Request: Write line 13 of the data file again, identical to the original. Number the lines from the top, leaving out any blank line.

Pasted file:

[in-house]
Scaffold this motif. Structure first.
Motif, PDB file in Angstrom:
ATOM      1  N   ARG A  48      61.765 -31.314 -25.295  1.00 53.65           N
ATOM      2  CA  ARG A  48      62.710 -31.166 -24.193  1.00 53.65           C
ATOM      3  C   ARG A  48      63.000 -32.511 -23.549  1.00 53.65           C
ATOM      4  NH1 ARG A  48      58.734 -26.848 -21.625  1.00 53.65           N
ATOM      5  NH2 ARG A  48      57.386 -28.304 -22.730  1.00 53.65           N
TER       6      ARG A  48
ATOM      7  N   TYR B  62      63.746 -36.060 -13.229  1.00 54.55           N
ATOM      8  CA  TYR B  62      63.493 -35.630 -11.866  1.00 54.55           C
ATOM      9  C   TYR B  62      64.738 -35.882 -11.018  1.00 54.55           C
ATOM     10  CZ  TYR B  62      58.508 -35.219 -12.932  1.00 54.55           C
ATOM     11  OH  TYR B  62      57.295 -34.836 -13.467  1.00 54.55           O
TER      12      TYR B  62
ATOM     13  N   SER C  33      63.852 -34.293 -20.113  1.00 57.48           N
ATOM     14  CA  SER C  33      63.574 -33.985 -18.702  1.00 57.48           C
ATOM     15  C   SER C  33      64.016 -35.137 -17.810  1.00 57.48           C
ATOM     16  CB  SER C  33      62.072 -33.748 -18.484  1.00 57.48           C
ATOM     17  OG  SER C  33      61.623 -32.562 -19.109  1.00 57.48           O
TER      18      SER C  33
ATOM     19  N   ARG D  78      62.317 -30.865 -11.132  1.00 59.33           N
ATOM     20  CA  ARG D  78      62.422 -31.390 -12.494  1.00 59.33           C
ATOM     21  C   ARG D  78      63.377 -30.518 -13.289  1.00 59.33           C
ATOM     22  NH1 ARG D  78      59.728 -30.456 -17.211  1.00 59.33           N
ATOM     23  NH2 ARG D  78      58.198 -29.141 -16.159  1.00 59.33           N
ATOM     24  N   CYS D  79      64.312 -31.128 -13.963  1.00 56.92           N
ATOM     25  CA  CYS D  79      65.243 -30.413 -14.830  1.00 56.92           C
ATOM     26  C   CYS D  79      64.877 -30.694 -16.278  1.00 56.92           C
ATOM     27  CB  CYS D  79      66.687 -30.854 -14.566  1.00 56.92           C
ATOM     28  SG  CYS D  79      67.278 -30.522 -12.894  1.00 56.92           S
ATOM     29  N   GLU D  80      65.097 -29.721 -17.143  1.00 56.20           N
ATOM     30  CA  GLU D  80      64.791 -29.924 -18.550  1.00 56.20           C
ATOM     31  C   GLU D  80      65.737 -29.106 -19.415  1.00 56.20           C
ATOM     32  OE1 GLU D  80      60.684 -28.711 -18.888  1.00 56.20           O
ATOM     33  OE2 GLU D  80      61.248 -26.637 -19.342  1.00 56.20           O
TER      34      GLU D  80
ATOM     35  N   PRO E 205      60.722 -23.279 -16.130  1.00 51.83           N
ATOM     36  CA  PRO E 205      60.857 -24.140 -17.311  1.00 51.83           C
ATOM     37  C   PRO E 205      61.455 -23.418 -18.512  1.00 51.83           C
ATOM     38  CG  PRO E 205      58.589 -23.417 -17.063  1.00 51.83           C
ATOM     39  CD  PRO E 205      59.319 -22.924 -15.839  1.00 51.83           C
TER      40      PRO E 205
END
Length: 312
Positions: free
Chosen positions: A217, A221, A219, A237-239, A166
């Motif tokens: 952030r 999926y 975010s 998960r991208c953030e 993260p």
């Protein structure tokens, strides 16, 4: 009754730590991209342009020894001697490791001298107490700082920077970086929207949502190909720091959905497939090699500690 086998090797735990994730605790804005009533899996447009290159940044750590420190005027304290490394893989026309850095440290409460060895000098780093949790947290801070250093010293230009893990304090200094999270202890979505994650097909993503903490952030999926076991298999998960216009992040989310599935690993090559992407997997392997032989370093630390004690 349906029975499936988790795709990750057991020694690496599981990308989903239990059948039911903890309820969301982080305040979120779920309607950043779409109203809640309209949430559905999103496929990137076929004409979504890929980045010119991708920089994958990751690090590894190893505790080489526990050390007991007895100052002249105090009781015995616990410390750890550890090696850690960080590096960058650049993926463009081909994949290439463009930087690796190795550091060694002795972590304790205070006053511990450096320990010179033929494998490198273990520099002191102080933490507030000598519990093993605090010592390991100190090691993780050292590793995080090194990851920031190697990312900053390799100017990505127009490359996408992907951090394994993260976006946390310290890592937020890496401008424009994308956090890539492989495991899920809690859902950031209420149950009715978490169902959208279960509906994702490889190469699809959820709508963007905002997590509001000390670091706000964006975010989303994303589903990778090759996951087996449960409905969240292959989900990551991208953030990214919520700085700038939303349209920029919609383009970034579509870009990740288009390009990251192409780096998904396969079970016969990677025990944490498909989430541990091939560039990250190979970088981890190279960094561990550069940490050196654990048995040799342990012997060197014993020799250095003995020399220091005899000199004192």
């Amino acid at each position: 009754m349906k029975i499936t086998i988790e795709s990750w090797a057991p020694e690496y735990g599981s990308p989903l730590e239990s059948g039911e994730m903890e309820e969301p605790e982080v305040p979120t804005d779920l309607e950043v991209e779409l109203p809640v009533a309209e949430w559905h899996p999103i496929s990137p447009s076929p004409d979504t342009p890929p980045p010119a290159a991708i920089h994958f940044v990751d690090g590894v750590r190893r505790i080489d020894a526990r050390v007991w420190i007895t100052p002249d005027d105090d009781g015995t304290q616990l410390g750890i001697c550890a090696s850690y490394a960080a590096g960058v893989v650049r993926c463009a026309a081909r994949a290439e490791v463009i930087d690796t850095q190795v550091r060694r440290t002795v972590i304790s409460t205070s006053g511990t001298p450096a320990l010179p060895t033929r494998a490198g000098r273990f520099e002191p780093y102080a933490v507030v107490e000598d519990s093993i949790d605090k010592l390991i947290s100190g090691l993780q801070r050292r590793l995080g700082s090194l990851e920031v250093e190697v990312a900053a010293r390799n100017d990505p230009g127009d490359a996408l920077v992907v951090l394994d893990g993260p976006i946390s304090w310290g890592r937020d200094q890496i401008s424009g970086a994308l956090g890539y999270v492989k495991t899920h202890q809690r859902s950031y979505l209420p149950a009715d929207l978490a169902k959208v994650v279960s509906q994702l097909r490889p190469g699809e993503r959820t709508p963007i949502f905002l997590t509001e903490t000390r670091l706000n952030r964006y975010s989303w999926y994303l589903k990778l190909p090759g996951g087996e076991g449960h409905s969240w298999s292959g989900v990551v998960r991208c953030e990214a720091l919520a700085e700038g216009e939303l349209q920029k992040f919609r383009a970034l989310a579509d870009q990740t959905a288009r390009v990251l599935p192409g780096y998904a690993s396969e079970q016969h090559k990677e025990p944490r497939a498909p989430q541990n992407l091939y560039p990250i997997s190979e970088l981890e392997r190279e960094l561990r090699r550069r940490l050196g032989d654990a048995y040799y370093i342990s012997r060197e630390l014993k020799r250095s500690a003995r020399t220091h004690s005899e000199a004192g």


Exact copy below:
ATOM     10  CZ  TYR B  62      58.508 -35.219 -12.932  1.00 54.55           C